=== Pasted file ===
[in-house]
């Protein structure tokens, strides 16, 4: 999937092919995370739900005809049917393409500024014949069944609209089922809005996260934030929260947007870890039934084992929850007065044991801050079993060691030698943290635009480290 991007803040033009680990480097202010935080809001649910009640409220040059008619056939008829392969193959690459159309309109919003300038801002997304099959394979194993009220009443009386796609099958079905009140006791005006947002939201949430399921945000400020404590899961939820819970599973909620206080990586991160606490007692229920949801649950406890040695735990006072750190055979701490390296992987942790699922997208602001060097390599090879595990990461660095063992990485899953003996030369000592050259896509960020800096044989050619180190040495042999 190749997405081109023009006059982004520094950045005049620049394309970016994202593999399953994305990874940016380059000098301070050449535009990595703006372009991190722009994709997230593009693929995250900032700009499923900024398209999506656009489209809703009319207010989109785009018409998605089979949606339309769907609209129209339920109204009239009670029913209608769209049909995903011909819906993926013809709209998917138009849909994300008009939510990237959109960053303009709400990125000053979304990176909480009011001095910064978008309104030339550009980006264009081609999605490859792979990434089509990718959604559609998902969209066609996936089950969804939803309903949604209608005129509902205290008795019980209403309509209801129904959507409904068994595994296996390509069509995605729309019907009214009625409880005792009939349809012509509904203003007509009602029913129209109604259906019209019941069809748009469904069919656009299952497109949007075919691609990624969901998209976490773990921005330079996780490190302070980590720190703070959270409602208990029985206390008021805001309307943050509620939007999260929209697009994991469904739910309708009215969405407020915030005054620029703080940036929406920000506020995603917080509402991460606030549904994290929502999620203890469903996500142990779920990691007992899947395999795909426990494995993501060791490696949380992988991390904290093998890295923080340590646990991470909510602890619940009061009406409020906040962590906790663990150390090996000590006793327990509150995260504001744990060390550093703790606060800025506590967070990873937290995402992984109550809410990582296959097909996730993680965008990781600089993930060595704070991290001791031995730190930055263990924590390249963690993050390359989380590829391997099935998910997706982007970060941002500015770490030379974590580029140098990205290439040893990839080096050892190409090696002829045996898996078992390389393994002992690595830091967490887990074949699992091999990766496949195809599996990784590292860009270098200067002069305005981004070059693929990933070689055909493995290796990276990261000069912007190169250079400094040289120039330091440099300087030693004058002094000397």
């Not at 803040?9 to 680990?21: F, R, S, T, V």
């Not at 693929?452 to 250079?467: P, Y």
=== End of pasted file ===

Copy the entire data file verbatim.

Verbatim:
[in-house]
């Protein structure tokens, strides 16, 4: 999937092919995370739900005809049917393409500024014949069944609209089922809005996260934030929260947007870890039934084992929850007065044991801050079993060691030698943290635009480290 991007803040033009680990480097202010935080809001649910009640409220040059008619056939008829392969193959690459159309309109919003300038801002997304099959394979194993009220009443009386796609099958079905009140006791005006947002939201949430399921945000400020404590899961939820819970599973909620206080990586991160606490007692229920949801649950406890040695735990006072750190055979701490390296992987942790699922997208602001060097390599090879595990990461660095063992990485899953003996030369000592050259896509960020800096044989050619180190040495042999 190749997405081109023009006059982004520094950045005049620049394309970016994202593999399953994305990874940016380059000098301070050449535009990595703006372009991190722009994709997230593009693929995250900032700009499923900024398209999506656009489209809703009319207010989109785009018409998605089979949606339309769907609209129209339920109204009239009670029913209608769209049909995903011909819906993926013809709209998917138009849909994300008009939510990237959109960053303009709400990125000053979304990176909480009011001095910064978008309104030339550009980006264009081609999605490859792979990434089509990718959604559609998902969209066609996936089950969804939803309903949604209608005129509902205290008795019980209403309509209801129904959507409904068994595994296996390509069509995605729309019907009214009625409880005792009939349809012509509904203003007509009602029913129209109604259906019209019941069809748009469904069919656009299952497109949007075919691609990624969901998209976490773990921005330079996780490190302070980590720190703070959270409602208990029985206390008021805001309307943050509620939007999260929209697009994991469904739910309708009215969405407020915030005054620029703080940036929406920000506020995603917080509402991460606030549904994290929502999620203890469903996500142990779920990691007992899947395999795909426990494995993501060791490696949380992988991390904290093998890295923080340590646990991470909510602890619940009061009406409020906040962590906790663990150390090996000590006793327990509150995260504001744990060390550093703790606060800025506590967070990873937290995402992984109550809410990582296959097909996730993680965008990781600089993930060595704070991290001791031995730190930055263990924590390249963690993050390359989380590829391997099935998910997706982007970060941002500015770490030379974590580029140098990205290439040893990839080096050892190409090696002829045996898996078992390389393994002992690595830091967490887990074949699992091999990766496949195809599996990784590292860009270098200067002069305005981004070059693929990933070689055909493995290796990276990261000069912007190169250079400094040289120039330091440099300087030693004058002094000397």
């Not at 803040?9 to 680990?21: F, R, S, T, V």
């Not at 693929?452 to 250079?467: P, Y």